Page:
Exploring Thalang Road
- Exploring Thalang Road
- What to see and do on Thalang Road
- Soi Romanee
- Hainan Shrine
- Shopping in Thalang
- Phuket Weekend Walking Street
- The Oasis Street (Vanich Walking Street)
- Where to Eat
- China Inn
- Kopitiam by Wilai
- The Old Phuket Coffee
- Macchiato House and CakeBox
- Eleven Two & Co.
- Baan 109 Bar & Restaurant
- Koku Yakiniku
- Worth trying near Thalang Road
- One Chun
- Raya House
- About Thalang Road shophouses architecture
- Beyond Thalang Road
- Photo Gallery
- Thalang Road Map
- More reading
Thalang Road is the most famous street in the historic part of Old Phuket Town. The municipality and owners managed to revive most of the old Sino-Portuguese shophouses and bury the ugly cables Thailand is so famous for. Thalang has become selfie heaven. The street is lined with small cafes, traditional or fashionable boutiques and a few restaurants. All have one thing in common: A few years back, they realized that the cutest cafe attracted more customers! They are now all decorated with memorabilia from the past of Phuket, offering even more selfie opportunities, and some are truly beautiful.
What to see and do on Thalang Road
All the shophouses along the street are built with the same design. A very long and narrow house with a tiny facade to keep the house cool by allowing a breeze to flow through. The front is a door with a window on each side and 2 small windows above (eyes). The covered space in front of each shophouse creates a very long archway that offers shade and shelter, as well as space to display items on sale.
This long walkway has mostly been cleared, and it now has a lot of charm. Wherever you look during the day and even more during the weekend, you will see hordes of young people posing here and there. Even the parking signboard has become a favourite!
but somehow, even though I do appreciate the effort of renovation, I still prefer old houses in their state of old houses. You can feel their story, how many lives they witnessed and how many little secrets they are hiding.
The old Chinese pharmacies are surprisingly timeless, and hairdressers are coming straight out of a 60’s movie. If you want to take photos in there, get ready to be told off, people here are running a business, and they are more photographers than buyers. Many shop-house along the street is privately owned, but little by little people move out of Thalang to escape tourist and the lack of parking.
Soi Romanee is a short lane branching out from Thalang Road and taking you to Dibuk Road. This 125-meter long colourful street has a long history, as it was known to be the gambling and red district of Phuket! As its often the case, this once neglected and looked down lane became the most trendy street of old Phuket town, and is now home to classy coffee shops and guesthouses.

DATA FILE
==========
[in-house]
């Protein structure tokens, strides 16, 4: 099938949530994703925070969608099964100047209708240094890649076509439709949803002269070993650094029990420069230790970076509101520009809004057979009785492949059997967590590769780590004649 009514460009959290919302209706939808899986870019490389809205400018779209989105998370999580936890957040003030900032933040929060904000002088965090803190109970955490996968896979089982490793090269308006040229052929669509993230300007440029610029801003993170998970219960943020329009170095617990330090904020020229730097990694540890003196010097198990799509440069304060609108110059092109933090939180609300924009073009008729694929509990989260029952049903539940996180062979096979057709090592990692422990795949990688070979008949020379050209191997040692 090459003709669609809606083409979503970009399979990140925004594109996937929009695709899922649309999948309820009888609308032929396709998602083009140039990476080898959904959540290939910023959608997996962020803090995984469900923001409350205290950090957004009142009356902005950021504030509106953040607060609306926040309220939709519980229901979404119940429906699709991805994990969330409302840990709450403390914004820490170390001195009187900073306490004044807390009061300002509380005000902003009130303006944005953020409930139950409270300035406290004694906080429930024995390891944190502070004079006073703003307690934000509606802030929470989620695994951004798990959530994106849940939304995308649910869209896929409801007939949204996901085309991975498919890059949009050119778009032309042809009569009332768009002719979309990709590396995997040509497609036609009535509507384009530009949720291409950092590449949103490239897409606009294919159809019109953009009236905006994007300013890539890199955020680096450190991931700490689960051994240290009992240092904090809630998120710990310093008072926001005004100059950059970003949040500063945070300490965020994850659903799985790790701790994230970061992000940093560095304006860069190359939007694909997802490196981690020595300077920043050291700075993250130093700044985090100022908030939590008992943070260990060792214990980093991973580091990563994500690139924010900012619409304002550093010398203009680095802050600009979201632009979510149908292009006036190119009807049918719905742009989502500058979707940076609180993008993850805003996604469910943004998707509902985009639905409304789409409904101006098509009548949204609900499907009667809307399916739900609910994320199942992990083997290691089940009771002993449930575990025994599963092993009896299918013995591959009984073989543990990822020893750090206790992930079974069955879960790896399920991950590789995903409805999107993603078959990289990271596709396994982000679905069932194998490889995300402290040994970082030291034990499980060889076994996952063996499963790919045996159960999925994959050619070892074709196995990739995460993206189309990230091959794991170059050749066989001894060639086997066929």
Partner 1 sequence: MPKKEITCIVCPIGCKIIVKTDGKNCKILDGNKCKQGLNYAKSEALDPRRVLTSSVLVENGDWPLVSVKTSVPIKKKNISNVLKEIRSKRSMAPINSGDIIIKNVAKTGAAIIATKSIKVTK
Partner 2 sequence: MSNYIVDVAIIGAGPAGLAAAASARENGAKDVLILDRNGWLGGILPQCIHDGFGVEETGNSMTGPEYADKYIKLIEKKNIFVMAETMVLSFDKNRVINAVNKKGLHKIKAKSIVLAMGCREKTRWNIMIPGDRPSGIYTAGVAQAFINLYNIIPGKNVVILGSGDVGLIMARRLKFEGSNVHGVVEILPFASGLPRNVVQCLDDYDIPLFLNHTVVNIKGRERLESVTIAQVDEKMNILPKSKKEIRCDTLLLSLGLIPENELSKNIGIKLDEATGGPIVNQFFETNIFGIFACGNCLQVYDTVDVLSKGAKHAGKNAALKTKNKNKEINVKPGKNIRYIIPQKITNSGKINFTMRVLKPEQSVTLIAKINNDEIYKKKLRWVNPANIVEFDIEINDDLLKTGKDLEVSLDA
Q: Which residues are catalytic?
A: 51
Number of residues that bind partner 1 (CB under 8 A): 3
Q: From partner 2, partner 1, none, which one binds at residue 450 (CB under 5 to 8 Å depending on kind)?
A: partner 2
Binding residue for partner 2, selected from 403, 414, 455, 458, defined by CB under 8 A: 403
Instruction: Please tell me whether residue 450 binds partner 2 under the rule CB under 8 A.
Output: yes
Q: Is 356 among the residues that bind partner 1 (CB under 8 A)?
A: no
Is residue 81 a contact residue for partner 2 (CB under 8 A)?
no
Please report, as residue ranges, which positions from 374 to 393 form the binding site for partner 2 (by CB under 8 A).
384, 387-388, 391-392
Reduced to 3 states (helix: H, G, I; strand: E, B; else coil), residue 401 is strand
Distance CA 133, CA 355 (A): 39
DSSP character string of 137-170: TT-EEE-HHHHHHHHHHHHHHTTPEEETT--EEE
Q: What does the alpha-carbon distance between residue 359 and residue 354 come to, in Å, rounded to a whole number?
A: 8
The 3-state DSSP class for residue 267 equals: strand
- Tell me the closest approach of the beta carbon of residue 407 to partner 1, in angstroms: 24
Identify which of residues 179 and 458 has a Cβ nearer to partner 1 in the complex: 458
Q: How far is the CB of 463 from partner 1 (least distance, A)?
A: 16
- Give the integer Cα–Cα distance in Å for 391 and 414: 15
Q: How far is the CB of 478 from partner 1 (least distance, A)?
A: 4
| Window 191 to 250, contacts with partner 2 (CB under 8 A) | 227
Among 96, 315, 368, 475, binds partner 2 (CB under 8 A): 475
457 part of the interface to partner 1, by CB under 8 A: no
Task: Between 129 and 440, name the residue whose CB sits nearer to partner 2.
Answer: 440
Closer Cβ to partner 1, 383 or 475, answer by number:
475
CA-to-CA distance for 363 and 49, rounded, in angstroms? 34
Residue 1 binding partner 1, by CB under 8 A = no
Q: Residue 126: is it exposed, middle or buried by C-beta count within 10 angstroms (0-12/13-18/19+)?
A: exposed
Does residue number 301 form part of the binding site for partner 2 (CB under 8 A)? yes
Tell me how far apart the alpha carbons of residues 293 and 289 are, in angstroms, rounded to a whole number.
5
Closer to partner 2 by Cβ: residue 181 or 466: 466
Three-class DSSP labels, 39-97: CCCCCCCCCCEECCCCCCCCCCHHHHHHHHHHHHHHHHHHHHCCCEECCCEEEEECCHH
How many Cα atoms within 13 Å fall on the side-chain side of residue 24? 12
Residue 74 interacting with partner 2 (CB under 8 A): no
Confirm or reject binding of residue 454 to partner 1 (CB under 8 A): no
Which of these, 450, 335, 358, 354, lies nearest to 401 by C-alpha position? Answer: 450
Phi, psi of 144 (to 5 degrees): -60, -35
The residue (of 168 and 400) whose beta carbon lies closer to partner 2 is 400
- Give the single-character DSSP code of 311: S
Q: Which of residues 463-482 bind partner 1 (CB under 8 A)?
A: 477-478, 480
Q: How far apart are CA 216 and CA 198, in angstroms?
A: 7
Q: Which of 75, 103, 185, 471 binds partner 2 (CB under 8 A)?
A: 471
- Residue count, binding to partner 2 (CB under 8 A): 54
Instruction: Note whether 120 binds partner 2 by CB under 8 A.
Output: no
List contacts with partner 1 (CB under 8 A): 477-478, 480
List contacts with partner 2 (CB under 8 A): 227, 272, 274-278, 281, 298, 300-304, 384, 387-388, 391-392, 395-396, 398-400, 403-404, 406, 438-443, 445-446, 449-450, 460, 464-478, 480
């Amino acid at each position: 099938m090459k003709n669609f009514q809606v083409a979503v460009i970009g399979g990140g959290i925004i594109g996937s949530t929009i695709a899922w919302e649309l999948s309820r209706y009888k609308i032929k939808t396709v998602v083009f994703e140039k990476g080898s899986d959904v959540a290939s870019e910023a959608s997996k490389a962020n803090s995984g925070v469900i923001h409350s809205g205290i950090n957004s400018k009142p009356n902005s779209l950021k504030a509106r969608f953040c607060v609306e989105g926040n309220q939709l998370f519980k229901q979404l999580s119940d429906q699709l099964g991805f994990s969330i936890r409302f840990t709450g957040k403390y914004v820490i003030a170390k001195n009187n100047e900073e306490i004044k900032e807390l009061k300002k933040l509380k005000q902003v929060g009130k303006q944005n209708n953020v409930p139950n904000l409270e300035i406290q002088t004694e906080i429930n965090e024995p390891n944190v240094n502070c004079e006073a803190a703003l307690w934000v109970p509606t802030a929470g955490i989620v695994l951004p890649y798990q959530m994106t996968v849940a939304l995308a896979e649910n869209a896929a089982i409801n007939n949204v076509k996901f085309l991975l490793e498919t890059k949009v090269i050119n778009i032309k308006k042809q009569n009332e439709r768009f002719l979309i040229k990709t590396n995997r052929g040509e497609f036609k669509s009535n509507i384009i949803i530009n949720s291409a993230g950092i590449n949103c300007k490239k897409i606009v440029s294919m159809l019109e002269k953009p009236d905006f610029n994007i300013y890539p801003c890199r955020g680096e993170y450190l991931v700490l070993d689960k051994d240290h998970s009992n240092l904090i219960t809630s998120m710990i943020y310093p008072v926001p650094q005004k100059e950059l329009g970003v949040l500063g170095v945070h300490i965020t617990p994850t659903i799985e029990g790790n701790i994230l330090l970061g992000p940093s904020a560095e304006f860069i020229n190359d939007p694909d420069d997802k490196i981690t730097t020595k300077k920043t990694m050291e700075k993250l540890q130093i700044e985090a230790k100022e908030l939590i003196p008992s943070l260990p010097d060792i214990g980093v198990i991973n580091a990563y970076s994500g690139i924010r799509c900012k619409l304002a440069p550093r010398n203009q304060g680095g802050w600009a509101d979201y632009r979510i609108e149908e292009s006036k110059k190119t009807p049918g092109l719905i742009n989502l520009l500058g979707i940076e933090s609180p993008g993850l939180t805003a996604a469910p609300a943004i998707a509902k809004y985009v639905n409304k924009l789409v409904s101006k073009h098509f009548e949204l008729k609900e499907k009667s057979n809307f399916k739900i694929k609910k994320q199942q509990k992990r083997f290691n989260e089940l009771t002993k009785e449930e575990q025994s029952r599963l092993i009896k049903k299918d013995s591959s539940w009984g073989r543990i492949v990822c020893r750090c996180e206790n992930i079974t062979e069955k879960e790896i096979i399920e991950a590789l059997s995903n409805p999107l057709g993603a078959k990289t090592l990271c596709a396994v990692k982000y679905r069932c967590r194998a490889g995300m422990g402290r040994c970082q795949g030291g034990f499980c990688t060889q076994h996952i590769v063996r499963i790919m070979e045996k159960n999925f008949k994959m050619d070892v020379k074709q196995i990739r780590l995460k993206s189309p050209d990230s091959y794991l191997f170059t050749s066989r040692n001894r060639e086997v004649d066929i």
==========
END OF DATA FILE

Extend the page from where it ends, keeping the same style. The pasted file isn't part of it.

Hainan Shrine is a Chinese temple easy to miss if it was not for its bright red entrance. It is not wider than a shophouse, but it goes deep. Feel free to enter and have a look, just remember to behave respectfully, it is a religious place.
Shopping in Thalang
Long ago, tourists were only spending their holiday on the beach, and Phuket town was mostly dedicated to local trade. Thalang used to be quiet on weekdays, and totally deserted on the weekend. Thalang has evolved a lot in the past years, and a chain reaction started when tourists started to come and take photos of the newly renovated Soi Romanee. More tourists called for more renovation and attractive shops and so on.
Every Sunday, from 5 pm to 10 pm, Thalang Road is closed to traffic and turns itself into an immense walking street market. Phuket does have a lot of night markets, but this one is probably the most interesting and attractive. The street is lined by colourful Sino-Portuguese shophouses and vendors set their trade in the middle of the road, creating a beautiful perspective.
In addition, this is your chance to discover or even try a fun mix of delicious local food and sweets you can’t usually find in one single place. Some will look familiar, and some others might range from strange, all the way to scary (ever tried Yum Kai Mangda Talay?) There are always some street performances and an incredible array of handicrafts, accessories and holiday wear to buy.
Once a week, thousands of people will join the Phuket town walking street. Every shop will open up to the street, selling all kinds of local foods and sweets. It’s always fun to blend with the locals, but it can get severely crowded.
The Oasis Street (Vanich Walking Street)
The Oasis Walking Street (Vanich Walking Street) is quite a recent addition to the Old Phuket Town scene (Vanich is a very common word in Thai meaning ‘commerce’). It’s a long and narrow covered passage that connects Thalang Road to Dibuk Road. All along are tiny stalls selling clothing, accessories, souvenirs and as always: food! As you can see in the photo below, the entrance is hard to spot because it looks like a small shop! Vanich Walking Street is a good hideaway if it starts raining.